Reproducibility of self-reported pap test utilization in middle-aged African-American women.
Both clinicians who perform Pap tests and prescribe re-screens and public health officials, who periodically evaluate the success of Pap test screening programs, often depend on women to self-report their most recent Pap test. However, reliability of self-reported Pap test utilization is putatively low, and even lower in African-American women compared to Whites. Between 2001 and 2002, Pap test screening histories were obtained from 144 African-American women, aged 45 to 64 years at two in-person interviews conducted three to six weeks apart. Reproducibility of self-reported Pap test was substantial (kappa=0.64; 95% confidence interval: .46-.82), with the highest agreement among women with greater income and educational attainment, and those who were younger. This level of reproducibility is likely sufficient both to evaluate the population coverage of public health screening programs and for prescribing re-screens among younger African-American women and those of higher income and education. Not using self-reports to base clinic decisions may still be prudent among those with less education.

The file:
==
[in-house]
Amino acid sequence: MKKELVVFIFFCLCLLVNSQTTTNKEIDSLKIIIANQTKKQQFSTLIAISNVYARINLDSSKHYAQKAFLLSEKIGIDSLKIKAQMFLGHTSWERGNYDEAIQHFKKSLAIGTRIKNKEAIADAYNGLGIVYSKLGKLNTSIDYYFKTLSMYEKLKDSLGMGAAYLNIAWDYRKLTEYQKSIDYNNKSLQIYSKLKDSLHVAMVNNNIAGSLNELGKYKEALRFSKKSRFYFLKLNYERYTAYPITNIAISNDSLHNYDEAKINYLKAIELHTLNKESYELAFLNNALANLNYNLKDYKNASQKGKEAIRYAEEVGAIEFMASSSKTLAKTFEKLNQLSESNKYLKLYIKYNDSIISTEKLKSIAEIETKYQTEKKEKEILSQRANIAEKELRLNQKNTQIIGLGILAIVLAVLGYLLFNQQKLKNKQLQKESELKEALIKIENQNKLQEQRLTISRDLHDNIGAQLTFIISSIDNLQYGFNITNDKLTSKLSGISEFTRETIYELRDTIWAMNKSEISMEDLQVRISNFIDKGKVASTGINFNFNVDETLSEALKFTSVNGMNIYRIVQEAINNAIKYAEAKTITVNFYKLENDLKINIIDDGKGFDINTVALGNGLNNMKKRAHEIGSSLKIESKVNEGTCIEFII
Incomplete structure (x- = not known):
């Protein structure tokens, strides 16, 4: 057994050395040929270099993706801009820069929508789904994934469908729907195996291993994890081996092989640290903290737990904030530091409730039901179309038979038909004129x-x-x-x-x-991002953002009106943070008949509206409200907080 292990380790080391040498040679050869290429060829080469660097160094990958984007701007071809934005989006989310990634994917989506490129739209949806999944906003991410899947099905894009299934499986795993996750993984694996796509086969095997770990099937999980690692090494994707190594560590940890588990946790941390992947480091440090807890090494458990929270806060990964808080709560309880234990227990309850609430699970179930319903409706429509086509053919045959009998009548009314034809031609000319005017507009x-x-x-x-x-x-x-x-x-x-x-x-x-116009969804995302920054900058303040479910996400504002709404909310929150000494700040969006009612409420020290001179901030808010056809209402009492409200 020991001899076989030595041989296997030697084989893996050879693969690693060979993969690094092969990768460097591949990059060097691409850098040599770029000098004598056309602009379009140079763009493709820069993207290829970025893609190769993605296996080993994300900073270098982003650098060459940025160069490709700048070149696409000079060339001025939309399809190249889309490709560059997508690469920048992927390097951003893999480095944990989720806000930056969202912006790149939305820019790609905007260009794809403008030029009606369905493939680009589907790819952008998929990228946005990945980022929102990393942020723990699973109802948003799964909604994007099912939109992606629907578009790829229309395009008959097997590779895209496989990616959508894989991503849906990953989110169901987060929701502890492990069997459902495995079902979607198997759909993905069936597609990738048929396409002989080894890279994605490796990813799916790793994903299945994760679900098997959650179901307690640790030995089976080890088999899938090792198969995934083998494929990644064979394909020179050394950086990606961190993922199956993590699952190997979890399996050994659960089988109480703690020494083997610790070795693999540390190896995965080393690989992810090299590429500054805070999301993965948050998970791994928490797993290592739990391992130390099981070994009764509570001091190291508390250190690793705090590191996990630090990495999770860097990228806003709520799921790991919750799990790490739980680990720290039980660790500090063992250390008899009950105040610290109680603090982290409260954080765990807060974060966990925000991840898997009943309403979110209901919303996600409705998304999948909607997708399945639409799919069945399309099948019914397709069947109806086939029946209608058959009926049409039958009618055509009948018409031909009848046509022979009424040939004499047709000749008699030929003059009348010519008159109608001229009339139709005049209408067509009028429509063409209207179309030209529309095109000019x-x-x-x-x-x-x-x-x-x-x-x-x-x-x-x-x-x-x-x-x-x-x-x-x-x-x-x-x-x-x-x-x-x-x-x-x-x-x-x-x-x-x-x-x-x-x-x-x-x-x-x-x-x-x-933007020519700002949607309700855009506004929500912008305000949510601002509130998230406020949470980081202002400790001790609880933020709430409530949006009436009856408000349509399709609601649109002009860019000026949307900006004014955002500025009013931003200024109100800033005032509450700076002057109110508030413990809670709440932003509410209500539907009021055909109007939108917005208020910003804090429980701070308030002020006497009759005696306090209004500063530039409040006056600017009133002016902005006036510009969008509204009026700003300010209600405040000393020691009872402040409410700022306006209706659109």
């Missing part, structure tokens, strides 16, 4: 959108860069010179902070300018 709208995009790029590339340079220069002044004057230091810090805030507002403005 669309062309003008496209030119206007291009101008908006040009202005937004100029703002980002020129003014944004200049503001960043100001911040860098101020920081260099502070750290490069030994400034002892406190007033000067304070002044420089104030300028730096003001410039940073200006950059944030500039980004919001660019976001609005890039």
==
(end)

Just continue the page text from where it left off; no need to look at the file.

Hoyo, C; Ostbye, T; Skinner, CS; Yarnall, KSH; Chowdhary, J
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